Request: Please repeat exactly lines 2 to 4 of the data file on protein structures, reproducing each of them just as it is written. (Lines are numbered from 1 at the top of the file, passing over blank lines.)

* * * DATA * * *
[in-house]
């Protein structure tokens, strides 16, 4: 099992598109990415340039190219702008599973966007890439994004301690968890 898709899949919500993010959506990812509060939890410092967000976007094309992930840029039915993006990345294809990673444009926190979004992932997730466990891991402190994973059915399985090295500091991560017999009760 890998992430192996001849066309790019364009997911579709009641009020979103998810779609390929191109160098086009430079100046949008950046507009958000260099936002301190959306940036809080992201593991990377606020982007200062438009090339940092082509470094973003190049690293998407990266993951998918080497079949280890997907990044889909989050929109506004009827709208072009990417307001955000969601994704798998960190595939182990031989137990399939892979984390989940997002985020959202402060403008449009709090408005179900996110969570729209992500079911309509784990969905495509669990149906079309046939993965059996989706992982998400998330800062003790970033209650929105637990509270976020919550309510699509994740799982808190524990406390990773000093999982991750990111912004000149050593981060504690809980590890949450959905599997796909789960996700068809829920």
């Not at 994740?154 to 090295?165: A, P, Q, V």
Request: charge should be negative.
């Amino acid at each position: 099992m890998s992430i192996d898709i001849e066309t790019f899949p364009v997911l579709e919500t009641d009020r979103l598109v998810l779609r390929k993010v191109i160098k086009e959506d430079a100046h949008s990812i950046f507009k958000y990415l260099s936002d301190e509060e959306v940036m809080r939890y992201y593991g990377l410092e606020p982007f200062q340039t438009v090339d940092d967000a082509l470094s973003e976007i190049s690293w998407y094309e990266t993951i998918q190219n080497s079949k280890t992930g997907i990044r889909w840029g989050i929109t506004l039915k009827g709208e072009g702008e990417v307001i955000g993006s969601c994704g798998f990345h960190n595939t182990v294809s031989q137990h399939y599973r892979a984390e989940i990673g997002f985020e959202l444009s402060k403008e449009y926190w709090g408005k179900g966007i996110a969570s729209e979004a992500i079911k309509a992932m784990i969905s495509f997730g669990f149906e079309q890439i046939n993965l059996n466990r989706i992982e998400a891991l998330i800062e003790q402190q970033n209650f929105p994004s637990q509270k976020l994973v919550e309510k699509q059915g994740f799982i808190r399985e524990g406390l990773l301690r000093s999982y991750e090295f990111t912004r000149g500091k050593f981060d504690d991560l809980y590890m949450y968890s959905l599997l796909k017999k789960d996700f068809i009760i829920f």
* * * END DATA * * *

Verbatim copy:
């Protein structure tokens, strides 16, 4: 099992598109990415340039190219702008599973966007890439994004301690968890 898709899949919500993010959506990812509060939890410092967000976007094309992930840029039915993006990345294809990673444009926190979004992932997730466990891991402190994973059915399985090295500091991560017999009760 890998992430192996001849066309790019364009997911579709009641009020979103998810779609390929191109160098086009430079100046949008950046507009958000260099936002301190959306940036809080992201593991990377606020982007200062438009090339940092082509470094973003190049690293998407990266993951998918080497079949280890997907990044889909989050929109506004009827709208072009990417307001955000969601994704798998960190595939182990031989137990399939892979984390989940997002985020959202402060403008449009709090408005179900996110969570729209992500079911309509784990969905495509669990149906079309046939993965059996989706992982998400998330800062003790970033209650929105637990509270976020919550309510699509994740799982808190524990406390990773000093999982991750990111912004000149050593981060504690809980590890949450959905599997796909789960996700068809829920």
């Not at 994740?154 to 090295?165: A, P, Q, V």
Request: charge should be negative.